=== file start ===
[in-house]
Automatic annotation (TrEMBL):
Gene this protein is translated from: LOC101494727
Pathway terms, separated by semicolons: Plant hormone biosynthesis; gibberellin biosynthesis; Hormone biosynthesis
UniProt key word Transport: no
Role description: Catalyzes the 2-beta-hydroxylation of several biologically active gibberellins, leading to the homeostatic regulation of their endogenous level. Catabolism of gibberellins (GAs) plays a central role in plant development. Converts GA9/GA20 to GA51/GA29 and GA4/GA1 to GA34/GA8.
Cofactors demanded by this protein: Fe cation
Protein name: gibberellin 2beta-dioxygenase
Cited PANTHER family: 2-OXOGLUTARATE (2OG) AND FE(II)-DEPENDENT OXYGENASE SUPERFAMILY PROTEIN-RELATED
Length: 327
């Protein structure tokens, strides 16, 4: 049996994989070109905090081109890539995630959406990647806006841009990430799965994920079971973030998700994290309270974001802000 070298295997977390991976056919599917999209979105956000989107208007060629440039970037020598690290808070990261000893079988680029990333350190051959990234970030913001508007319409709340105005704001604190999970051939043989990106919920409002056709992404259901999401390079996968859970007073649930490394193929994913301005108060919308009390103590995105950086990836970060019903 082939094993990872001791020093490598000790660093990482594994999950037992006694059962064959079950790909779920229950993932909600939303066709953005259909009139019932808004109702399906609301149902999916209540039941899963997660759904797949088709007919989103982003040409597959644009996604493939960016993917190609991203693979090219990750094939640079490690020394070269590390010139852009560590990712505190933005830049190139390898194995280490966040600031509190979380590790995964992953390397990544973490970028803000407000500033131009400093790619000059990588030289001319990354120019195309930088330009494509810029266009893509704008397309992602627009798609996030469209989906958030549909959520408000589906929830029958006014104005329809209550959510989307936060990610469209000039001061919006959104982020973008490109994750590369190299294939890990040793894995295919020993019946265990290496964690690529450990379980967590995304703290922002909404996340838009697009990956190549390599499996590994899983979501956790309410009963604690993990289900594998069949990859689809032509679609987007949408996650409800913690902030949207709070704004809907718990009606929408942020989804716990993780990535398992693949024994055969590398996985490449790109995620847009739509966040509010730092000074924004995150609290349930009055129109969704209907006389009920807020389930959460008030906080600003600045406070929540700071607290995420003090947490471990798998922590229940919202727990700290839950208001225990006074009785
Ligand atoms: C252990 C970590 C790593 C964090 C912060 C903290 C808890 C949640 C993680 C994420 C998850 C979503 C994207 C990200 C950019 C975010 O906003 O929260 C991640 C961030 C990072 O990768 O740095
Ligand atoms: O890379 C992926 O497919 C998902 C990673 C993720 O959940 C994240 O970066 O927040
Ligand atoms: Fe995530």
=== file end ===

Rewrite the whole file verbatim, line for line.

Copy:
[in-house]
Automatic annotation (TrEMBL):
Gene this protein is translated from: LOC101494727
Pathway terms, separated by semicolons: Plant hormone biosynthesis; gibberellin biosynthesis; Hormone biosynthesis
UniProt key word Transport: no
Role description: Catalyzes the 2-beta-hydroxylation of several biologically active gibberellins, leading to the homeostatic regulation of their endogenous level. Catabolism of gibberellins (GAs) plays a central role in plant development. Converts GA9/GA20 to GA51/GA29 and GA4/GA1 to GA34/GA8.
Cofactors demanded by this protein: Fe cation
Protein name: gibberellin 2beta-dioxygenase
Cited PANTHER family: 2-OXOGLUTARATE (2OG) AND FE(II)-DEPENDENT OXYGENASE SUPERFAMILY PROTEIN-RELATED
Length: 327
């Protein structure tokens, strides 16, 4: 049996994989070109905090081109890539995630959406990647806006841009990430799965994920079971973030998700994290309270974001802000 070298295997977390991976056919599917999209979105956000989107208007060629440039970037020598690290808070990261000893079988680029990333350190051959990234970030913001508007319409709340105005704001604190999970051939043989990106919920409002056709992404259901999401390079996968859970007073649930490394193929994913301005108060919308009390103590995105950086990836970060019903 082939094993990872001791020093490598000790660093990482594994999950037992006694059962064959079950790909779920229950993932909600939303066709953005259909009139019932808004109702399906609301149902999916209540039941899963997660759904797949088709007919989103982003040409597959644009996604493939960016993917190609991203693979090219990750094939640079490690020394070269590390010139852009560590990712505190933005830049190139390898194995280490966040600031509190979380590790995964992953390397990544973490970028803000407000500033131009400093790619000059990588030289001319990354120019195309930088330009494509810029266009893509704008397309992602627009798609996030469209989906958030549909959520408000589906929830029958006014104005329809209550959510989307936060990610469209000039001061919006959104982020973008490109994750590369190299294939890990040793894995295919020993019946265990290496964690690529450990379980967590995304703290922002909404996340838009697009990956190549390599499996590994899983979501956790309410009963604690993990289900594998069949990859689809032509679609987007949408996650409800913690902030949207709070704004809907718990009606929408942020989804716990993780990535398992693949024994055969590398996985490449790109995620847009739509966040509010730092000074924004995150609290349930009055129109969704209907006389009920807020389930959460008030906080600003600045406070929540700071607290995420003090947490471990798998922590229940919202727990700290839950208001225990006074009785
Ligand atoms: C252990 C970590 C790593 C964090 C912060 C903290 C808890 C949640 C993680 C994420 C998850 C979503 C994207 C990200 C950019 C975010 O906003 O929260 C991640 C961030 C990072 O990768 O740095
Ligand atoms: O890379 C992926 O497919 C998902 C990673 C993720 O959940 C994240 O970066 O927040
Ligand atoms: Fe995530």